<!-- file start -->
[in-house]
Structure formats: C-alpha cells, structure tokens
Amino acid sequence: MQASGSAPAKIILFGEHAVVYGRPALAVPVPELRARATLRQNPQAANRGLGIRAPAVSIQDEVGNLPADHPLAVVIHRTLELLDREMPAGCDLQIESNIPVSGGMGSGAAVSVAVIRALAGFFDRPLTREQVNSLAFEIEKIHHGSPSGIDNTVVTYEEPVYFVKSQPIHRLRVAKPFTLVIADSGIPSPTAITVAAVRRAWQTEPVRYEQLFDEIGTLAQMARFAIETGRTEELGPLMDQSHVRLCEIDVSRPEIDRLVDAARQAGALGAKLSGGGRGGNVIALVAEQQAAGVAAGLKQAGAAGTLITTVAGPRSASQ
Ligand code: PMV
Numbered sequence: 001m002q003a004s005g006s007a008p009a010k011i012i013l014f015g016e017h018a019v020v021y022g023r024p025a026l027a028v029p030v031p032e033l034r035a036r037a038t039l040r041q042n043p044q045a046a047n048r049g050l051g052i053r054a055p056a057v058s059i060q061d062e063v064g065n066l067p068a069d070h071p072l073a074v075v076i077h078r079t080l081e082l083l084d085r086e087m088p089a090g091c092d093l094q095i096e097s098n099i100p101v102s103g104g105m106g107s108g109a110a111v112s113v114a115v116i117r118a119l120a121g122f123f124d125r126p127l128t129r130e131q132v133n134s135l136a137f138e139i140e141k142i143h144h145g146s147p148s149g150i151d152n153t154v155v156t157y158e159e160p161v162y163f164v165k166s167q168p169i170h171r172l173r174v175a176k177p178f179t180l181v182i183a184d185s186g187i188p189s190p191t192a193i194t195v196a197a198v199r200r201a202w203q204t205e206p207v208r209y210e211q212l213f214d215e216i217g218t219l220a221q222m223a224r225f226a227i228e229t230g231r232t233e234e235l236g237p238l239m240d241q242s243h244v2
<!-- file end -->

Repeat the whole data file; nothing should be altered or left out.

[in-house]
Structure formats: C-alpha cells, structure tokens
Amino acid sequence: MQASGSAPAKIILFGEHAVVYGRPALAVPVPELRARATLRQNPQAANRGLGIRAPAVSIQDEVGNLPADHPLAVVIHRTLELLDREMPAGCDLQIESNIPVSGGMGSGAAVSVAVIRALAGFFDRPLTREQVNSLAFEIEKIHHGSPSGIDNTVVTYEEPVYFVKSQPIHRLRVAKPFTLVIADSGIPSPTAITVAAVRRAWQTEPVRYEQLFDEIGTLAQMARFAIETGRTEELGPLMDQSHVRLCEIDVSRPEIDRLVDAARQAGALGAKLSGGGRGGNVIALVAEQQAAGVAAGLKQAGAAGTLITTVAGPRSASQ
Ligand code: PMV
Numbered sequence: 001m002q003a004s005g006s007a008p009a010k011i012i013l014f015g016e017h018a019v020v021y022g023r024p025a026l027a028v029p030v031p032e033l034r035a036r037a038t039l040r041q042n043p044q045a046a047n048r049g050l051g052i053r054a055p056a057v058s059i060q061d062e063v064g065n066l067p068a069d070h071p072l073a074v075v076i077h078r079t080l081e082l083l084d085r086e087m088p089a090g091c092d093l094q095i096e097s098n099i100p101v102s103g104g105m106g107s108g109a110a111v112s113v114a115v116i117r118a119l120a121g122f123f124d125r126p127l128t129r130e131q132v133n134s135l136a137f138e139i140e141k142i143h144h145g146s147p148s149g150i151d152n153t154v155v156t157y158e159e160p161v162y163f164v165k166s167q168p169i170h171r172l173r174v175a176k177p178f179t180l181v182i183a184d185s186g187i188p189s190p191t192a193i194t195v196a197a198v199r200r201a202w203q204t205e206p207v208r209y210e211q212l213f214d215e216i217g218t219l220a221q222m223a224r225f226a227i228e229t230g231r232t233e234e235l236g237p238l239m240d241q242s243h244v2